Skimboarding (or skimming) is a boardsport in which a skimboard (a smaller counterpart to a surfboard without fins) is used to glide across the water's surface. Unlike surfing, skimboarding begins on the beach by dropping the board onto the thin wash of previous waves. Skimboarders use their momentum to skim out to breaking waves, which they then catch back into shore in a manner similar to surfing. Another aspect of skimboarding is 'flatland', which involves performing tricks derived from skateboarding such as ollies and shove-its on the wash of waves without catching shore breaks. Skimboarding originated in Southern California when lifeguards wanted an easy way to get across the beaches of Laguna. Skimboarding has developed since then to extreme riding into big shorebreak. Riders generally favor a board length which reaches about their mid-chest height when stood on end.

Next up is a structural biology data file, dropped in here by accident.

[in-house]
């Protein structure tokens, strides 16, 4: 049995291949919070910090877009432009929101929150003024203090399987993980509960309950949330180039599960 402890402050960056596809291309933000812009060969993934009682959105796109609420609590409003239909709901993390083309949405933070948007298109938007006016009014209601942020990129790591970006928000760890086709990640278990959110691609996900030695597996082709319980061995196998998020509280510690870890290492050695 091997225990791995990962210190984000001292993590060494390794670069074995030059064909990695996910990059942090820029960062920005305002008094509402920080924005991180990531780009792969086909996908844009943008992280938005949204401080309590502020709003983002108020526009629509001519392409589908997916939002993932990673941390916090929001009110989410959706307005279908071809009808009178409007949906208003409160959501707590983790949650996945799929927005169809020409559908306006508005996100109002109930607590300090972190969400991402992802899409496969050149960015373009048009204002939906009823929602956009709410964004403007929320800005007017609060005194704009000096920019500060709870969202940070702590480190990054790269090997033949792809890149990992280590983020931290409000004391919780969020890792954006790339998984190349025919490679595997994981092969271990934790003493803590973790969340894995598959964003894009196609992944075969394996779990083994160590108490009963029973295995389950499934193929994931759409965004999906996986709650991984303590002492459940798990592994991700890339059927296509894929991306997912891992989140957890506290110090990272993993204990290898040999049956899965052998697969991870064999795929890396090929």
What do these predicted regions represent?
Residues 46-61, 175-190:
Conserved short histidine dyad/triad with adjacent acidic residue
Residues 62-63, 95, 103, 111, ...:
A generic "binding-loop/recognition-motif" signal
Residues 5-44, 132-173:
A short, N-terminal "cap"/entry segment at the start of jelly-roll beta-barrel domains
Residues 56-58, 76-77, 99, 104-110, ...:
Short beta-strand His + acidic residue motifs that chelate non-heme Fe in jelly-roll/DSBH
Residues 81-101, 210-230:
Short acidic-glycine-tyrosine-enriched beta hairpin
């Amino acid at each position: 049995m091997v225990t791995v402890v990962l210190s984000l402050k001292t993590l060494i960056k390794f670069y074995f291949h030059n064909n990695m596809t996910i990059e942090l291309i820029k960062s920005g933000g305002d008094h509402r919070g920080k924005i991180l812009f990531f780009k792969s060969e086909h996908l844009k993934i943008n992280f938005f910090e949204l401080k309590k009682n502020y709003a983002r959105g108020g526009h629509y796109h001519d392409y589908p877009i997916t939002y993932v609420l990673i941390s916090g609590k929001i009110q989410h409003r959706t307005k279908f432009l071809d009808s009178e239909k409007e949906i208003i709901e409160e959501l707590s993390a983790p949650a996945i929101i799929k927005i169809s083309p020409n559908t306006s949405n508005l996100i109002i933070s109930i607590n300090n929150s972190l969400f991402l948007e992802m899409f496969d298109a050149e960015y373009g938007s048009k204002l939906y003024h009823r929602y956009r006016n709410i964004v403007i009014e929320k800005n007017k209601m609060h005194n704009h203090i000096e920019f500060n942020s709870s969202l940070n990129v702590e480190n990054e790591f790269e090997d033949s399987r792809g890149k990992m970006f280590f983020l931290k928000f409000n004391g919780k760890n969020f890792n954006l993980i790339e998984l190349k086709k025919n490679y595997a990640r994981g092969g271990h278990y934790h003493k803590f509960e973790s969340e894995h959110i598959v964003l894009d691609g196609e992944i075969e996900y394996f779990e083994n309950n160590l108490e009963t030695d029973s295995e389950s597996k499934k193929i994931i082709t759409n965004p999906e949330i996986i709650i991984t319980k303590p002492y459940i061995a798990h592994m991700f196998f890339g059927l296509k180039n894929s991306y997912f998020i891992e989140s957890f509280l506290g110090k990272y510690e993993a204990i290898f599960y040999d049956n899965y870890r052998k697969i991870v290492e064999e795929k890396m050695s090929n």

Contributions by Skieeler, 220.127.116.11, and Swift.